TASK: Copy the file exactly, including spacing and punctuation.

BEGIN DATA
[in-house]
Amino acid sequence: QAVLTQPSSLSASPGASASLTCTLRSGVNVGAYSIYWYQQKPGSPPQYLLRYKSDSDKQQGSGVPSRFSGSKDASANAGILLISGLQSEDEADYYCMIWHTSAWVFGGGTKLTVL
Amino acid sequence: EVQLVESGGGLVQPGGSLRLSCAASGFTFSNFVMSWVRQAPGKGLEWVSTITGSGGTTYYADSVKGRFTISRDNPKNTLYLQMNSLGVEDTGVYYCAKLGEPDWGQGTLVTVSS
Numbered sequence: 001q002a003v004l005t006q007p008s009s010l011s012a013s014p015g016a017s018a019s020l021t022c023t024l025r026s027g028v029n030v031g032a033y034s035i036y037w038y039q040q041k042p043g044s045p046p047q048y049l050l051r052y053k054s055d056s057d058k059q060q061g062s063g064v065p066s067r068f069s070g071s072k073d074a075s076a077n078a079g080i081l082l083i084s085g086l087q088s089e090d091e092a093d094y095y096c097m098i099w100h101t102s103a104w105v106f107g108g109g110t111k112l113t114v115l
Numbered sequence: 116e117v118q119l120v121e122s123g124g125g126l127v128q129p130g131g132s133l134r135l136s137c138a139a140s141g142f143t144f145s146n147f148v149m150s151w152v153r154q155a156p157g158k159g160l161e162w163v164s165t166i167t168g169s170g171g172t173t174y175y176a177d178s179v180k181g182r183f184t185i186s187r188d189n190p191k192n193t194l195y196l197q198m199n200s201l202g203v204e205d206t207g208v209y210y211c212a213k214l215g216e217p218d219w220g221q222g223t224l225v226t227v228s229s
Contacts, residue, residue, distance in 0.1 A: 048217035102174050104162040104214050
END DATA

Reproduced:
[in-house]
Amino acid sequence: QAVLTQPSSLSASPGASASLTCTLRSGVNVGAYSIYWYQQKPGSPPQYLLRYKSDSDKQQGSGVPSRFSGSKDASANAGILLISGLQSEDEADYYCMIWHTSAWVFGGGTKLTVL
Amino acid sequence: EVQLVESGGGLVQPGGSLRLSCAASGFTFSNFVMSWVRQAPGKGLEWVSTITGSGGTTYYADSVKGRFTISRDNPKNTLYLQMNSLGVEDTGVYYCAKLGEPDWGQGTLVTVSS
Numbered sequence: 001q002a003v004l005t006q007p008s009s010l011s012a013s014p015g016a017s018a019s020l021t022c023t024l025r026s027g028v029n030v031g032a033y034s035i036y037w038y039q040q041k042p043g044s045p046p047q048y049l050l051r052y053k054s055d056s057d058k059q060q061g062s063g064v065p066s067r068f069s070g071s072k073d074a075s076a077n078a079g080i081l082l083i084s085g086l087q088s089e090d091e092a093d094y095y096c097m098i099w100h101t102s103a104w105v106f107g108g109g110t111k112l113t114v115l
Numbered sequence: 116e117v118q119l120v121e122s123g124g125g126l127v128q129p130g131g132s133l134r135l136s137c138a139a140s141g142f143t144f145s146n147f148v149m150s151w152v153r154q155a156p157g158k159g160l161e162w163v164s165t166i167t168g169s170g171g172t173t174y175y176a177d178s179v180k181g182r183f184t185i186s187r188d189n190p191k192n193t194l195y196l197q198m199n200s201l202g203v204e205d206t207g208v209y210y211c212a213k214l215g216e217p218d219w220g221q222g223t224l225v226t227v228s229s
Contacts, residue, residue, distance in 0.1 A: 048217035102174050104162040104214050